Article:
Where Does Fine Dining Go From Here?

Boston Globe/Getty Images

The COVID-19 pandemic has hit the restaurant industry harder than any event in recent memory. What, exactly, does the road forward look like?

This past Wednesday, the Time Out Market in Brooklyn reopened after three and a half months of darkness. The popular waterfront food hall was forced to shutter operations in early March due to the Coronavirus pandemic, and spent the past three months extensively working on a plan to bring New Yorkers a safe way to once again enjoy a meal with friends or family. 

“Our guests can properly distance themselves when they socialize and enjoy the summer weather without losing the fun atmosphere that makes the Time Out Market experience so special,” said Time Out Market CEO Didier Souillat in a press release. 

Related: Restaurant Etiquette in the Coronavirus Era: 10 New Rules

While every corner of the economy has been affected by the coronavirus, the restaurant business has undoubtedly been hit the hardest. A recent Yelp report determined that in the United States, the restaurant industry has faced more closures than retail stores, beauty salons, and even fitness centers.


Xinhua News Agency/Getty Images

As the novel coronavirus spread throughout the world in the early months of 2020, restaurants scrambled to stay afloat amid country shutdowns. Six months later, the dining and hospitality industry is still trying to navigate how to operate a safe, successful, and profitable business as cities slowly begin to re-open. 

Food consulting agency Full Heart Hospitality, led by Jason Rose and Matthew Jennings, has been at the forefront of the restaurant recovery process, offering its expertise on the current landscape of the food and beverage industry, and helping restaurants modify their business strategies to successfully adapt to a post-COVID society. 

“The way that so many restaurants in this country have pivoted and reopened under these unprecedented circumstances is incredible,” Rose told Departures. “It takes grit, sheer determination and will to survive through this, and above all else it takes this beautiful unrelenting passion for service and hospitality.” 

Related: Architects Share Predictions for the Future of Design After COVID-19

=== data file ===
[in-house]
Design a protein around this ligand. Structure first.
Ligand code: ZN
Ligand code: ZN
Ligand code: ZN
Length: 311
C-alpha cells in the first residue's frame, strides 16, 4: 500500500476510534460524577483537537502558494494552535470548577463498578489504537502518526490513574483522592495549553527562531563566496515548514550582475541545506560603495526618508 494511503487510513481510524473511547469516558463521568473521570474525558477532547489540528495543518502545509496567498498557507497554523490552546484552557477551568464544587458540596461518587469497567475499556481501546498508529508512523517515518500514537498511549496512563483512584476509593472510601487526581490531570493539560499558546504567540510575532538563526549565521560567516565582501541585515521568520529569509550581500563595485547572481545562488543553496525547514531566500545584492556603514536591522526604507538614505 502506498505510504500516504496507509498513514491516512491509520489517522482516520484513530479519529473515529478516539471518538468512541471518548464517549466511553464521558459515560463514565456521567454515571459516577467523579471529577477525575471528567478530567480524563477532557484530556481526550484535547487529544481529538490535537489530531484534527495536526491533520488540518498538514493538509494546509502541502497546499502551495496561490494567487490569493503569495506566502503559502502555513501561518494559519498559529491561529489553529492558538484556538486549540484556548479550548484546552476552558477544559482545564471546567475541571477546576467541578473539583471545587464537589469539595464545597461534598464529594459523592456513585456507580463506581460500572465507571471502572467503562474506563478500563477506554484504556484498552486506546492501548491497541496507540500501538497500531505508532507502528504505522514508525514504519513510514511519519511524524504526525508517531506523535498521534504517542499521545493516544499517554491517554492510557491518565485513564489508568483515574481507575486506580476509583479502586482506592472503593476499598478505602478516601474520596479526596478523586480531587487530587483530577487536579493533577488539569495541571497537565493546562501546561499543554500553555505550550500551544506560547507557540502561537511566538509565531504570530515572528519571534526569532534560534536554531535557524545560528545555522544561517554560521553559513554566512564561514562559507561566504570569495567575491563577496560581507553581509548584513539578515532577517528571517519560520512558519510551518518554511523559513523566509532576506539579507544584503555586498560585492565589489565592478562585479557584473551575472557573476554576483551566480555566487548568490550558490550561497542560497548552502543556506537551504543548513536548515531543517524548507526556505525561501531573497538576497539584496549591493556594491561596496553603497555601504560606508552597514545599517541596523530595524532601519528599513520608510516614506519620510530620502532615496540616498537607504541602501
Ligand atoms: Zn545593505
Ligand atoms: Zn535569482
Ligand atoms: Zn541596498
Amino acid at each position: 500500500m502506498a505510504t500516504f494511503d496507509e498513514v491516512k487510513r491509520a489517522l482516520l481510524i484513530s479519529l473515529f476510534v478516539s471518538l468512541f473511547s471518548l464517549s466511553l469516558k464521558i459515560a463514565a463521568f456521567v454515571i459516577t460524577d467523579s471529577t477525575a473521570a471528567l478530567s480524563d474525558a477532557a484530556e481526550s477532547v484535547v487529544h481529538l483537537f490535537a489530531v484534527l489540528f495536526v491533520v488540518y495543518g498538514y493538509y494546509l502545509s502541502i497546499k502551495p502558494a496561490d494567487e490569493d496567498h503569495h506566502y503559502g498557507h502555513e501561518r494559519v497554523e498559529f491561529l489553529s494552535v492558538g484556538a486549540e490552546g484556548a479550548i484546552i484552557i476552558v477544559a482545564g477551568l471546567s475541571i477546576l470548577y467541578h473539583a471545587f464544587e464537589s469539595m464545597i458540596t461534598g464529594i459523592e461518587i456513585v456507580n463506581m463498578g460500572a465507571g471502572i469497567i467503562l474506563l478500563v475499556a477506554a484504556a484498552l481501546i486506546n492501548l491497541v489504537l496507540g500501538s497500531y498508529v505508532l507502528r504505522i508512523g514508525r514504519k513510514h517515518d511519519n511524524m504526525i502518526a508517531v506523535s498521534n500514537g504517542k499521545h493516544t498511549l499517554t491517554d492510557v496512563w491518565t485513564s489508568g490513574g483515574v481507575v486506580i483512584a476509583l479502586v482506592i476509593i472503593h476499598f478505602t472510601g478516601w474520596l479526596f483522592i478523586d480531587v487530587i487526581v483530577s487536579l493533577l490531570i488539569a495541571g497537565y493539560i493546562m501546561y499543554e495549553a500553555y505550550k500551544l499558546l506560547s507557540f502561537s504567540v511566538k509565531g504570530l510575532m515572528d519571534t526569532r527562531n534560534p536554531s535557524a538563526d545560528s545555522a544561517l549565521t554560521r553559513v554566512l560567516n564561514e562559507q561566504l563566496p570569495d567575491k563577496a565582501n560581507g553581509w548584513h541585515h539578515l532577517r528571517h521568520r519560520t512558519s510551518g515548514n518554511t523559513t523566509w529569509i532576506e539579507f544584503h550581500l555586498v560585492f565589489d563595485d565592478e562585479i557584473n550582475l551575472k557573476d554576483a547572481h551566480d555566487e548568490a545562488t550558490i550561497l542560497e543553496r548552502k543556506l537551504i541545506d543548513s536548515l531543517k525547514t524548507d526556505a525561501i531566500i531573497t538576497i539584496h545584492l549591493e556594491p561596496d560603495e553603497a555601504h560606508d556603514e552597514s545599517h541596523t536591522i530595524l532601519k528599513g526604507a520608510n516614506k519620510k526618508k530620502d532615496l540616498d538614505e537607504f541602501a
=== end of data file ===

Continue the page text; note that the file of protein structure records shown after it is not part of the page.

While every restaurant’s reopening plan will be unique to their specific circumstances, there are a number of common protocols that are becoming the new standard in the food industry across the board. Embracing new technology (such as contactless menus and payment options), overcommunication with staff and guests on the latest restrictions and safety guidelines being implemented, and diversifying revenue streams by expanding takeout and delivery options are some of the changes that Rose believes all restaurants must follow to successfully reopen. 


Matt Stroshane/Walt Disney World Resort/Getty Images

“Redefining what success looks like is something that we and a lot of thought leaders in the industry have been thinking about for years now, and this is a potential opportunity to reset a lot of those things,” said Rose.

Restaurants that have been able to reopen have risen to the challenge. In Virginia, the Little Inn at Washington filled half of the seats in the dining room with life-size mannequins as a playful way to enforce social distancing inside the dining room, while in Melbourne, the acclaimed Attica reinvented itself from a fine dining restaurant into a bakery and home delivery meals service. 


Win McNamee/Getty Images

The most significant Coronavirus-induced shift in the food industry is, naturally, the food. As restaurants reconstruct their menus, they are shifting away from elaborate menu offerings, instead leaning into familiar recipes that will make customers feel at home. In Copenhagen, the storied Noma reopened as a pop-up burger joint; in San Francisco, SPQR introduced simple comfort food favorites to their menu; And in Seattle, fine-dining staple Canlis created an outdoor “crab shack” for its safe and social distance-friendly reopening.

“Now is not the time to be cooking for egos or press,” says Rose. “Right now people want comfort, they want a taste of how things used to be [pre-COVID], that we largely took for granted. And the really savvy operators are doing away with all the stuff on the peripheral so they can focus on giving people what they want as safely and as efficiently as possible.”


Sarah Silbiger/Getty Images

The final piece of the puzzle to successfully re-opening restaurants lies with the customers themselves. Patrons have to be understanding and empathetic to the new protocols put into place for everyone’s protection, and for the indefinite future, they must be willing to comply with a new handbook that is still being written.

Related: What the Future of Private Aviation Looks Like Post-COVID

“So much of making this work is people realizing that there are going to be a lot of new normals, and the sooner we all get on board the faster we can resume and get back to this new normal life,” Rose explained. 

It has always been a fact that food brings people together, and as the world settles into its new normal, restaurants cannot and should not be left behind.